Unboxing boxed closures


Continuing the discussion from Reusing mutable closure arguments:

Now I am passing closures by mutable reference, I have a function that is required to return a closure, which seems to work quite nicely with boxing:

    pub fn gt<A : PartialOrd>(a : &A, b : &A) -> bool {
        *a > *b
    pub fn test2<R, A>(r : &mut R, a : &A, b : &A)
    where R : FnMut(&A, &A) -> bool {
        println!("{}", r(a, b));
    pub fn complement_of_converse<'a, R, A>(r : &'a mut R) -> 
        Box<FnMut(&A, &A) -> bool + 'a>
    where R : FnMut(&A, &A) -> bool {
        Box::new(move |a, b| !r(b, a))
    pub fn test3<R, A>(r : &mut R, a : &A, b : &A)
    where R : FnMut(&A, &A) -> bool {
        test2(&mut &mut *complement_of_converse(r), a, b);
    test3(&mut gt, &3, &4);
    test3(&mut gt, &4, &4);

My question is, why when I unbox the closure do I need to pass a mutable reference to a mutable reference to the closure? By my thinking the object in the Box has type “R : FnMut(&A, &A) -> bool” and the type “test2” is expecting is “&mut R”, I would expect it to be “test2(&mut *complement_of_converse®, a, b);”. Obviously one of my assumptions is wrong, the question is, which one?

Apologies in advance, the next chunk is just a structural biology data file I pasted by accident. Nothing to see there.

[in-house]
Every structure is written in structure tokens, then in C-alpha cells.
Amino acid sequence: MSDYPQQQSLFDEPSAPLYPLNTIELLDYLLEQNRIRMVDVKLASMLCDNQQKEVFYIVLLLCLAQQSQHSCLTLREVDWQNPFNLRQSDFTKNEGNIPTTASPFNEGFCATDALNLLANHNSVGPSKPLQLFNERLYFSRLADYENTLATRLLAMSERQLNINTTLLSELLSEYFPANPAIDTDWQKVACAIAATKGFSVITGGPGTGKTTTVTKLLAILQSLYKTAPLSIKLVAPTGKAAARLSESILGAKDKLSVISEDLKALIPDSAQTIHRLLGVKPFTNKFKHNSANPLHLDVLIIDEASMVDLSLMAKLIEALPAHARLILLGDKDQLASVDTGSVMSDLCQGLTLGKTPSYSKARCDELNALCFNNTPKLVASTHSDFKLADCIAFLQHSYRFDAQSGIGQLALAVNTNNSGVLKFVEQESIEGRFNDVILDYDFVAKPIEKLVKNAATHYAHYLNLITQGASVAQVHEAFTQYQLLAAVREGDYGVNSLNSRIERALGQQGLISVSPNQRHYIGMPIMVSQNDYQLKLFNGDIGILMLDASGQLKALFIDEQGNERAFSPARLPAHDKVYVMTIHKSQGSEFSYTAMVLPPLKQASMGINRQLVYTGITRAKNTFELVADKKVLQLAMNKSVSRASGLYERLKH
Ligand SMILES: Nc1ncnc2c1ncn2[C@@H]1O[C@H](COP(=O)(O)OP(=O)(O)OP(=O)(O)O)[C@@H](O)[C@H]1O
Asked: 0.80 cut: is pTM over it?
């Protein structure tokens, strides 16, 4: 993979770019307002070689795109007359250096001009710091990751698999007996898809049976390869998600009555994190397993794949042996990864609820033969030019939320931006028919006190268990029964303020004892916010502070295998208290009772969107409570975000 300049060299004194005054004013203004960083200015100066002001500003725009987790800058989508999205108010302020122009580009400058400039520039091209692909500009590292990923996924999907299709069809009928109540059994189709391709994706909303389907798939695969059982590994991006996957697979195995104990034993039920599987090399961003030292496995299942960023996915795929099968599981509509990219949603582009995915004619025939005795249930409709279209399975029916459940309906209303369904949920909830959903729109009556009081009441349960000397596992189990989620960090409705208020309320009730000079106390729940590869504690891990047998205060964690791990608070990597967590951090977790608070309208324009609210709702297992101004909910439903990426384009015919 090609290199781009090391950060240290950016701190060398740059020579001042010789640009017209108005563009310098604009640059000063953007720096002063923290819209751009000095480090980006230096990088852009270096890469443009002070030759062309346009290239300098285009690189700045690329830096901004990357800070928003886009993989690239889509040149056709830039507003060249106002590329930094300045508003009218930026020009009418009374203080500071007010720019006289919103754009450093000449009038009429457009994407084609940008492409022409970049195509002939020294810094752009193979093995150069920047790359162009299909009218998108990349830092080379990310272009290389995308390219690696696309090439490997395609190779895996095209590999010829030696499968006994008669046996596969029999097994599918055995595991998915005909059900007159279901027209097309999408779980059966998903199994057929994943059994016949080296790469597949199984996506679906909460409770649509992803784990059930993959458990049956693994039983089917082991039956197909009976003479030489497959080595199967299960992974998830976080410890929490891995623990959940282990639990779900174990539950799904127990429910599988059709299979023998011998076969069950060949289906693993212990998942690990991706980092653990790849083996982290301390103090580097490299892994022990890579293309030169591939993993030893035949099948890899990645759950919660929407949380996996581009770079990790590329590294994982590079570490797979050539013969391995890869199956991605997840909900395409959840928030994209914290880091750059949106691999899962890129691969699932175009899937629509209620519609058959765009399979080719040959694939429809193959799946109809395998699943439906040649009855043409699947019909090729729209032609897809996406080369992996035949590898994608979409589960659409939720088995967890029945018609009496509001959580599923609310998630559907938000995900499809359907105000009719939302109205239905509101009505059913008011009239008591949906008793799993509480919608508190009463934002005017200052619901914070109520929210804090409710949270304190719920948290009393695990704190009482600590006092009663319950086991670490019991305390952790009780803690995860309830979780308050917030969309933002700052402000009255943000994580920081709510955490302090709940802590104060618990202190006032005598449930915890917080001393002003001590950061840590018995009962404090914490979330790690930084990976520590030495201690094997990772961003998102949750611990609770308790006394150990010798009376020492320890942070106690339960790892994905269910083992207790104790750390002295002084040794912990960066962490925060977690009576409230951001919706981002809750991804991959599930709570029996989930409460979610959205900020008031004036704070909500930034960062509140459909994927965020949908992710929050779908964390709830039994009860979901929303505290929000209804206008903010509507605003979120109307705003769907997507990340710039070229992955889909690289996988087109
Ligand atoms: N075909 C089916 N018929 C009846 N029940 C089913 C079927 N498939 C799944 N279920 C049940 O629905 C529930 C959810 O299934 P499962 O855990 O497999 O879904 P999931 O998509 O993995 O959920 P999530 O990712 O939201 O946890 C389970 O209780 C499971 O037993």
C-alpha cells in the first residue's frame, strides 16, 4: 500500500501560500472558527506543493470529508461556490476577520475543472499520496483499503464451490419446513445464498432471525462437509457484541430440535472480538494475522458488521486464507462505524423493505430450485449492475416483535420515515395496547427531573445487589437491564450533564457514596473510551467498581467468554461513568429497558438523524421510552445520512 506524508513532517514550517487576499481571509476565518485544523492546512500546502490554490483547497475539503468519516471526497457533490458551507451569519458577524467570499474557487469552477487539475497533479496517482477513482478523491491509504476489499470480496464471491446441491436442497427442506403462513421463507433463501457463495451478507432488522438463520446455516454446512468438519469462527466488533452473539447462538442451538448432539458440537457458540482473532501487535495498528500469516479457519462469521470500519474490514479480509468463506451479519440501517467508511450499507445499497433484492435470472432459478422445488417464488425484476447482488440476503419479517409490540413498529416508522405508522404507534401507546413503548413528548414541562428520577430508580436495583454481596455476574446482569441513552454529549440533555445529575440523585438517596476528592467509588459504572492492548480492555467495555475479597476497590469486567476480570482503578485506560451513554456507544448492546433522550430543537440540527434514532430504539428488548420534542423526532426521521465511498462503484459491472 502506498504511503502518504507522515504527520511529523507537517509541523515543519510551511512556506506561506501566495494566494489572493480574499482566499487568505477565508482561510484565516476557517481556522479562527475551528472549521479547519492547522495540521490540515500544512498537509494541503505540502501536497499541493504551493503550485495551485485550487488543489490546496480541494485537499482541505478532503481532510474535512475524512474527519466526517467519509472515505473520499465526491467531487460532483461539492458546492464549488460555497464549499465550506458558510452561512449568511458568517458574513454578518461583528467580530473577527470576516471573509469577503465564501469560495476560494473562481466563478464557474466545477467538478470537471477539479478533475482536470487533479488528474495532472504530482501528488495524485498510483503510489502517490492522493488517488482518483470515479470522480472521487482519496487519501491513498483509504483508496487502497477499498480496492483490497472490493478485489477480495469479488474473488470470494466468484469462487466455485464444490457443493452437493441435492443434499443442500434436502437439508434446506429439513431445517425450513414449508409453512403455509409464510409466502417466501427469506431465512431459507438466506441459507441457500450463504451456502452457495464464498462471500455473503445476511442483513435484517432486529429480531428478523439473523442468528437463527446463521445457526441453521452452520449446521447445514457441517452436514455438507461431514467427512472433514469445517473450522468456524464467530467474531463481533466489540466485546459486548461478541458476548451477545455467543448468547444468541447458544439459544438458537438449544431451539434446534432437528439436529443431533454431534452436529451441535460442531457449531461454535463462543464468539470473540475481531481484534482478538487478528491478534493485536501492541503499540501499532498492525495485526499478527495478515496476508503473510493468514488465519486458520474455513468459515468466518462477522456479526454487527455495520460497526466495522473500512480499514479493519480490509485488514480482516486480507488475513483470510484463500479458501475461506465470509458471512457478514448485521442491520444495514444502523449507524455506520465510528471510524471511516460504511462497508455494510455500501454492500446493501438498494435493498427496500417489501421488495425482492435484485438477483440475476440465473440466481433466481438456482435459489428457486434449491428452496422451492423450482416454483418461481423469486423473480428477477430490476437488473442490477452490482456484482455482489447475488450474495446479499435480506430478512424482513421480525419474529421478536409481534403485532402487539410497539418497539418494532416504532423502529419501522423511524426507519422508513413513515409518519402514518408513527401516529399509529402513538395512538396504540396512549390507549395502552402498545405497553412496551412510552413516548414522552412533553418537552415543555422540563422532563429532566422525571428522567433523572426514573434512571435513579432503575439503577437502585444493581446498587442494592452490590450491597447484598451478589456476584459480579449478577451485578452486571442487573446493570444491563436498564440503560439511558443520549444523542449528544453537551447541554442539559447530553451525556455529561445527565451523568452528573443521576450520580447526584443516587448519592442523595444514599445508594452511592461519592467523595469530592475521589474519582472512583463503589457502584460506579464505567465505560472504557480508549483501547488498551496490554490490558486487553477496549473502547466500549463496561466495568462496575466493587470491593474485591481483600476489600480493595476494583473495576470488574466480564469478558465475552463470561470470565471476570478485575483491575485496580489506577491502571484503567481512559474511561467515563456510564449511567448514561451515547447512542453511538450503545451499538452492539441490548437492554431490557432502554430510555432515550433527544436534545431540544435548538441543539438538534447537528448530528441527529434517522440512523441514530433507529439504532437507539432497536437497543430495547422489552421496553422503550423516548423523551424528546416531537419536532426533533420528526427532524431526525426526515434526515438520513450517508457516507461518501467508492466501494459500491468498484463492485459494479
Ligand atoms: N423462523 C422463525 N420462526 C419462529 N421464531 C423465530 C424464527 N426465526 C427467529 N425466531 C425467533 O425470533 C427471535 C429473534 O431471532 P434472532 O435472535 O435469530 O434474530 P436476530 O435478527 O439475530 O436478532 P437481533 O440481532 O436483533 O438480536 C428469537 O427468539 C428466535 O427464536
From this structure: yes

Another question is why doesn’t the boxed closure implement FnMut so I can pass it directly? My understanding would be the functions take an argument that implements a trait, rather than a trait object. If the compiler is able to pass the closure to ‘test2’ then it must be able to statically determine the type of the closure, and if it can do that why does the closure need to be boxed to return it? Is the compiler actually able to implement this whole program as a monomorphised static program?


I can not explain to you what exactly is happening, but I think I can give a partial answer to your first question. When I am confused by the type system, I usually try to check my assumptions by assigning intermediate values to variables with manually specified types, like this:

let mut tmp: &mut FnMut(&A, &A) -> bool = &mut *complement_of_converse(r);
test2(&mut tmp, a, b);

This way, I can see where the type checker agrees with me. In this case, the above code does compile fine with that second &mut, but it does not without. I would assume that some kind of implicit dereferencing is occuring here, but I cannot explain it.

(A feature called type ascription is currently being implemented. When it is stable, the type could be ascribed directly to the expression, and the temporary variable would not be needed.)


The problem is that FnMut is an unsized type, but type parameters are considered sized by default. In order to make your functions accept &mut R where R is FnMut, you need to have the bound R: ?Sized to remove the default Sized bound.

Edit: Due to issue #20403, you need to put the ?Sized bound on R in the type parameter list, not in a where clause.